Our community of

At PwC, we’re a diverse, global community of solvers who lead with the heart and live by our values.

Solving together

We’re a global network of nearly 328,000 professionals in 152 countries who together have an incredible array of skills and perspectives.

Diverse skills are needed to solve the complex challenges facing business and society, and that’s exactly what we offer. We unite experts in tax, law, finance, strategy, assurance, policy, infrastructure, data analytics, technology, and many other areas – enabling us to address the toughest challenges in unexpected ways. What’s more, we combine human expertise with cutting-edge technology to solve problems in ways that are human-led and tech-enabled.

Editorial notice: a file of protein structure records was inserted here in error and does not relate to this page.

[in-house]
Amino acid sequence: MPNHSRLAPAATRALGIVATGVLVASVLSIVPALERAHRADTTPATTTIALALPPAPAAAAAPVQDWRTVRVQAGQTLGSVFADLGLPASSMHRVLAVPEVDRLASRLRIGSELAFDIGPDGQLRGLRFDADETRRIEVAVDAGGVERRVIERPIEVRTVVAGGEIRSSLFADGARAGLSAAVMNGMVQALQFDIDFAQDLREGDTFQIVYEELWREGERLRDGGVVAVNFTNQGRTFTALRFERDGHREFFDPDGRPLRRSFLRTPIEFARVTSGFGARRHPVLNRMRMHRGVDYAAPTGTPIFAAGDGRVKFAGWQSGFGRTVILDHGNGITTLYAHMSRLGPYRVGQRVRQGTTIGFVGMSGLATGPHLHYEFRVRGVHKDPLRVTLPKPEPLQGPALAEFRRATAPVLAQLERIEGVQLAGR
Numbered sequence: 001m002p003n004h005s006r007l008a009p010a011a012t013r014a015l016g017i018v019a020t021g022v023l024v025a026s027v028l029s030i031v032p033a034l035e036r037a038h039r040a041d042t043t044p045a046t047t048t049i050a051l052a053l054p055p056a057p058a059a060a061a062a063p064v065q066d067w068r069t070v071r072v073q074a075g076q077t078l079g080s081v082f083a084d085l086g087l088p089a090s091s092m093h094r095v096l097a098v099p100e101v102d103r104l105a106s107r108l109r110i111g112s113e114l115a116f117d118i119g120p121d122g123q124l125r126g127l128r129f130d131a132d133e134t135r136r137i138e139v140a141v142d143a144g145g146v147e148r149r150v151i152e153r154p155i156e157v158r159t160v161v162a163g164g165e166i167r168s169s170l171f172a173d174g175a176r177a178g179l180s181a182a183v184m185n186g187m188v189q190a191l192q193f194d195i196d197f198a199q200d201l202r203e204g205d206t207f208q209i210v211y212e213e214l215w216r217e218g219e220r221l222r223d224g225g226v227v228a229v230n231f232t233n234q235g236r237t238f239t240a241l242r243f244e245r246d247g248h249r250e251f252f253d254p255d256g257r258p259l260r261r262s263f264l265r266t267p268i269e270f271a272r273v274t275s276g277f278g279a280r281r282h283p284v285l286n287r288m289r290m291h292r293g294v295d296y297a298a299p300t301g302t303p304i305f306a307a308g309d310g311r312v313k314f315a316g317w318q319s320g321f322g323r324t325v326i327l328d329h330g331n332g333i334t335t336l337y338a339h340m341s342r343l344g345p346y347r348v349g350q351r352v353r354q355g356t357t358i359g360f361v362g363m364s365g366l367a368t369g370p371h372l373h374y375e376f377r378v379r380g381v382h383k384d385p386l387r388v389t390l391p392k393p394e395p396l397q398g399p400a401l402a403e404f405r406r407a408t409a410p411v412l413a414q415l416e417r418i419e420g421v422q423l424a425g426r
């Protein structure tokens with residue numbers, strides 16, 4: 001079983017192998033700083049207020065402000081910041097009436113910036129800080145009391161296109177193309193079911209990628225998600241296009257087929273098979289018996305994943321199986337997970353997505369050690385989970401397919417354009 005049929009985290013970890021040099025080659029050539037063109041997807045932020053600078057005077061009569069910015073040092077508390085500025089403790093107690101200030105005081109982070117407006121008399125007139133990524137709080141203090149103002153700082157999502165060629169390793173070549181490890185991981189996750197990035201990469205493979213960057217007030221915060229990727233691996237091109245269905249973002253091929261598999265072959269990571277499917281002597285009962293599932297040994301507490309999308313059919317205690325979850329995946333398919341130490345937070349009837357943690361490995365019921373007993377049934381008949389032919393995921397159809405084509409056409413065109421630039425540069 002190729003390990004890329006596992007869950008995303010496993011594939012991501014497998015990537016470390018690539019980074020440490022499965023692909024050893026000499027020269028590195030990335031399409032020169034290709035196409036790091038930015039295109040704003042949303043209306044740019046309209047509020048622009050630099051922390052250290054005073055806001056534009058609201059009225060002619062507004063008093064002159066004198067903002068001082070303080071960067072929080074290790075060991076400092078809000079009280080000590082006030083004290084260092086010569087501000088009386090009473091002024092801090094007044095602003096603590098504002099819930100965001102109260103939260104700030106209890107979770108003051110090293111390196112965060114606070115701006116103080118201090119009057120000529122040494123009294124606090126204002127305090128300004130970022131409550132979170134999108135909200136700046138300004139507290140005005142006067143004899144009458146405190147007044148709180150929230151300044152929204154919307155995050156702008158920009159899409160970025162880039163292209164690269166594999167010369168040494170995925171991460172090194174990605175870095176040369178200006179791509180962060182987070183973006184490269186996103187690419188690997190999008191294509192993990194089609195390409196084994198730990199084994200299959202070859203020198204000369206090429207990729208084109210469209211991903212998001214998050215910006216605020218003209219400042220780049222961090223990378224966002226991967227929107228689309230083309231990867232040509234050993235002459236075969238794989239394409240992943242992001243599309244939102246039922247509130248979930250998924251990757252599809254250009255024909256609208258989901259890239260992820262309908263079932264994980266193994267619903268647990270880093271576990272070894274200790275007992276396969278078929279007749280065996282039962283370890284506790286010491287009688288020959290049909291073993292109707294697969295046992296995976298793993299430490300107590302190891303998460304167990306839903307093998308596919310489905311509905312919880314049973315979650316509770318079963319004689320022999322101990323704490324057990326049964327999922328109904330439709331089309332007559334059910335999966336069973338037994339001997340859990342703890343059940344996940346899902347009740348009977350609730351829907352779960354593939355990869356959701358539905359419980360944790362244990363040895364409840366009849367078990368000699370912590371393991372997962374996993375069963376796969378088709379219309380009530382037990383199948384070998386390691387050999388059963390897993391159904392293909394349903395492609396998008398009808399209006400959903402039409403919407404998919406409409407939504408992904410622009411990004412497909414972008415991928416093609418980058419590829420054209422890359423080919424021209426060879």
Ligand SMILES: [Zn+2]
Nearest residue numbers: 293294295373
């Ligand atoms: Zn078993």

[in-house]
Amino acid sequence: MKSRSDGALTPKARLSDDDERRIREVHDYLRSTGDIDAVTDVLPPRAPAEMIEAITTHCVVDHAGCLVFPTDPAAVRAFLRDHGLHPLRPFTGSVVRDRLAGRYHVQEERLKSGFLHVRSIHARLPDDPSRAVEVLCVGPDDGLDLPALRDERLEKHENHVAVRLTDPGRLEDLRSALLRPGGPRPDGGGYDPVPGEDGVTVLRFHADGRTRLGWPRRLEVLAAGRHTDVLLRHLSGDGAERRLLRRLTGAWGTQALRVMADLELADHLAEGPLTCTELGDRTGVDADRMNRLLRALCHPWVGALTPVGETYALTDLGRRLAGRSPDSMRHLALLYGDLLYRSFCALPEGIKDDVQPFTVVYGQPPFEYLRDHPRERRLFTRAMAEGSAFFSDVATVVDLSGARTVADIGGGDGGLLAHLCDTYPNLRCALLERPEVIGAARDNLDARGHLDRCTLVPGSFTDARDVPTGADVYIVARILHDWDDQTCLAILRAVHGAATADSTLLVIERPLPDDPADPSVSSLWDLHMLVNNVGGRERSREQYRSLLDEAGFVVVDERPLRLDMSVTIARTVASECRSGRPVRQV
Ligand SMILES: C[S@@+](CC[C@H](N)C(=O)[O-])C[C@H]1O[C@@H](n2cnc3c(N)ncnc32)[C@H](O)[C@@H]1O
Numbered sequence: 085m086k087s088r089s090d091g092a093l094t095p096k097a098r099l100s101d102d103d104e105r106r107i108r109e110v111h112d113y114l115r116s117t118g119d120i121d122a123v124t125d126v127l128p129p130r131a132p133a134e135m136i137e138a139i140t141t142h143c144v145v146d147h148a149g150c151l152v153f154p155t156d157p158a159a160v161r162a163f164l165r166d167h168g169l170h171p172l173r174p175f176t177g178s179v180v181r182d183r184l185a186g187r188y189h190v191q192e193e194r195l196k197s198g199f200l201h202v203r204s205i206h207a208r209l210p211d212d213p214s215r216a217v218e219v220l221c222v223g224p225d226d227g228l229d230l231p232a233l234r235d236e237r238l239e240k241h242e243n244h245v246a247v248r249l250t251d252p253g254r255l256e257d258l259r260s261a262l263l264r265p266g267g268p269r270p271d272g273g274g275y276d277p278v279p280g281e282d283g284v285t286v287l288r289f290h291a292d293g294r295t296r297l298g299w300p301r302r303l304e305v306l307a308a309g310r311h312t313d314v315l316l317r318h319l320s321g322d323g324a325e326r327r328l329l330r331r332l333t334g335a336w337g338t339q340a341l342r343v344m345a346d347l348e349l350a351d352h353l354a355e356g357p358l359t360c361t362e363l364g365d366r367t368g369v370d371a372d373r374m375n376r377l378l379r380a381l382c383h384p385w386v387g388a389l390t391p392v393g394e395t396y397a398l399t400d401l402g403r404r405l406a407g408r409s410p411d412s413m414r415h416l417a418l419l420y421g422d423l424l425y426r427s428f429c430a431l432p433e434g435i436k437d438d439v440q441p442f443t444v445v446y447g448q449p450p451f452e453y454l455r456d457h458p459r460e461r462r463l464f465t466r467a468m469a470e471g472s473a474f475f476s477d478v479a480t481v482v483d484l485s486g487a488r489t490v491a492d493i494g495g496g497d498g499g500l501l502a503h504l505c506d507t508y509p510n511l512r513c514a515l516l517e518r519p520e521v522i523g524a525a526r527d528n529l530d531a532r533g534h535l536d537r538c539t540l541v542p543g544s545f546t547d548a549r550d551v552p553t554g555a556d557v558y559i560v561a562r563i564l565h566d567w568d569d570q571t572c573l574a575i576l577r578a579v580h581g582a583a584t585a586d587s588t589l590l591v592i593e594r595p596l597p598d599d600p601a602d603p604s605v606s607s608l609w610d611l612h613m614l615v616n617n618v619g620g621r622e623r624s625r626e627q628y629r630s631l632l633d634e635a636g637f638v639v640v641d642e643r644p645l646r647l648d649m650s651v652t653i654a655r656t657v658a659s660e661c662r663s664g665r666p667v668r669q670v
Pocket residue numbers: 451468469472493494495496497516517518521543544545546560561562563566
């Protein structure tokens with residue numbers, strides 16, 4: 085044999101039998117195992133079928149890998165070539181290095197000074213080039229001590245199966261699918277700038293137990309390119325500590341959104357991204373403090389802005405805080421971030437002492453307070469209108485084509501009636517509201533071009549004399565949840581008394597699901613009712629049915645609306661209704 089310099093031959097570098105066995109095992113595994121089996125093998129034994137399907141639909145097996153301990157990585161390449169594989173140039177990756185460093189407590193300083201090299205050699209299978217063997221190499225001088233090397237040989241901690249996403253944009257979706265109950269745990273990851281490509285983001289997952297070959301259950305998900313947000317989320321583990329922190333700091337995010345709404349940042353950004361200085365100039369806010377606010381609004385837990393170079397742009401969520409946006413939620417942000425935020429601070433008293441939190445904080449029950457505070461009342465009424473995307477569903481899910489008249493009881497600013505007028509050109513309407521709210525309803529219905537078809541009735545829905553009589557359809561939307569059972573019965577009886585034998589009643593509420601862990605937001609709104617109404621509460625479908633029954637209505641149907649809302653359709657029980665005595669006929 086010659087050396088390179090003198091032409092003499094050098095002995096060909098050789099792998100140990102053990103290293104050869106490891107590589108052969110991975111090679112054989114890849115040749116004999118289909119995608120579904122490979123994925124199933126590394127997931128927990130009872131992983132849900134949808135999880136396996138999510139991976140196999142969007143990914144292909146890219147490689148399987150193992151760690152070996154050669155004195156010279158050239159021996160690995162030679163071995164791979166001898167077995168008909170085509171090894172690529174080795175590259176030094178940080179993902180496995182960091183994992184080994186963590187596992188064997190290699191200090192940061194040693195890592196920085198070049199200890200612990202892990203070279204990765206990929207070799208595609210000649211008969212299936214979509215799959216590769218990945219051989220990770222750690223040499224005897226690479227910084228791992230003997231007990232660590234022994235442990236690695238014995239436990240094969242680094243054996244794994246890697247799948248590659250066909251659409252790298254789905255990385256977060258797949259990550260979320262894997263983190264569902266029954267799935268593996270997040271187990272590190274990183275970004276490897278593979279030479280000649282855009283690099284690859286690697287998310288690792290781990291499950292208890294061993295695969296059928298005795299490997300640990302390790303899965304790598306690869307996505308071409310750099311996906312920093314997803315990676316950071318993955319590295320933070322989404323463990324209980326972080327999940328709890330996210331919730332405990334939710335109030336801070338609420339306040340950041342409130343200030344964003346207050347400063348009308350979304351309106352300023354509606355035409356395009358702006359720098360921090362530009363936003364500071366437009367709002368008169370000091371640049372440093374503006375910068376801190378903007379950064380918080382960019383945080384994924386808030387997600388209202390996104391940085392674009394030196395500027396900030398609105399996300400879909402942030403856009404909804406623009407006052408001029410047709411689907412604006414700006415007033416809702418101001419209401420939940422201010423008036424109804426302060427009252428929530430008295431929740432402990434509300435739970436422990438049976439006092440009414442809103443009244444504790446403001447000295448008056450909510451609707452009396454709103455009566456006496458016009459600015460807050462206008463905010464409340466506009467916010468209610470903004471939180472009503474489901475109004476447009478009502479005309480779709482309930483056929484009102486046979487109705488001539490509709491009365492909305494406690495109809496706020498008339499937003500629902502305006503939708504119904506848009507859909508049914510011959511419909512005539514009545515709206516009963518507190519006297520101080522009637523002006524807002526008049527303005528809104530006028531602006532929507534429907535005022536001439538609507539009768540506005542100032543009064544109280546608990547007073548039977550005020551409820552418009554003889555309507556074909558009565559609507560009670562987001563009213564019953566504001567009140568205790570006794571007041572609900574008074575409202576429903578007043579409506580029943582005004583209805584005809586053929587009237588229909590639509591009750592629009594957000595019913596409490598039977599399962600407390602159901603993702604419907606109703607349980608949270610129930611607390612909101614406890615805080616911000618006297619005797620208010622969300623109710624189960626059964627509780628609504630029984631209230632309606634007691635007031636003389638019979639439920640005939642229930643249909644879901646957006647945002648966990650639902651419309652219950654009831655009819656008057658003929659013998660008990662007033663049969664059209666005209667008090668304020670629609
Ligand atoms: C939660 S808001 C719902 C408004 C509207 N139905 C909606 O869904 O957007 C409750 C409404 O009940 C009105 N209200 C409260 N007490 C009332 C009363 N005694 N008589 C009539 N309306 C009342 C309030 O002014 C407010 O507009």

In this chapter, we invite you to meet our vibrant community of solvers. We’ll show how we’re striving to grow, inspire, and enable a global community equipped to tackle the challenges of the 21st century, including how we’re:

  • Helping our people learn cutting-edge skills to be dynamic problem-solvers
  • Fostering inclusion and diversity
  • Supporting our people’s wellbeing

Meet our community of solvers

PwC people by region

80,061PwC people, Americas

128,374PwC people, Europe, Middle East and Africa

119,512PwC people, Asia Pac

Total 327,947 PwC people

+11% growth this year

PwC people by service line
Label Assurance Advisory Internal firm services Tax and legal services
Total 327,947 people 121746 105960 47990 52251
  • Assurance
  • Advisory
  • Internal firm services
  • Tax and legal services
PwC people by role We have 327,947 people across 152 countries
Label Interns and trainees Associates Managers Directors Partners
Total 327,947 people 19357 199660 75921 20307 12702
  • Interns and trainees
  • Associates
  • Managers
  • Directors
  • Partners

Our diverse community of solvers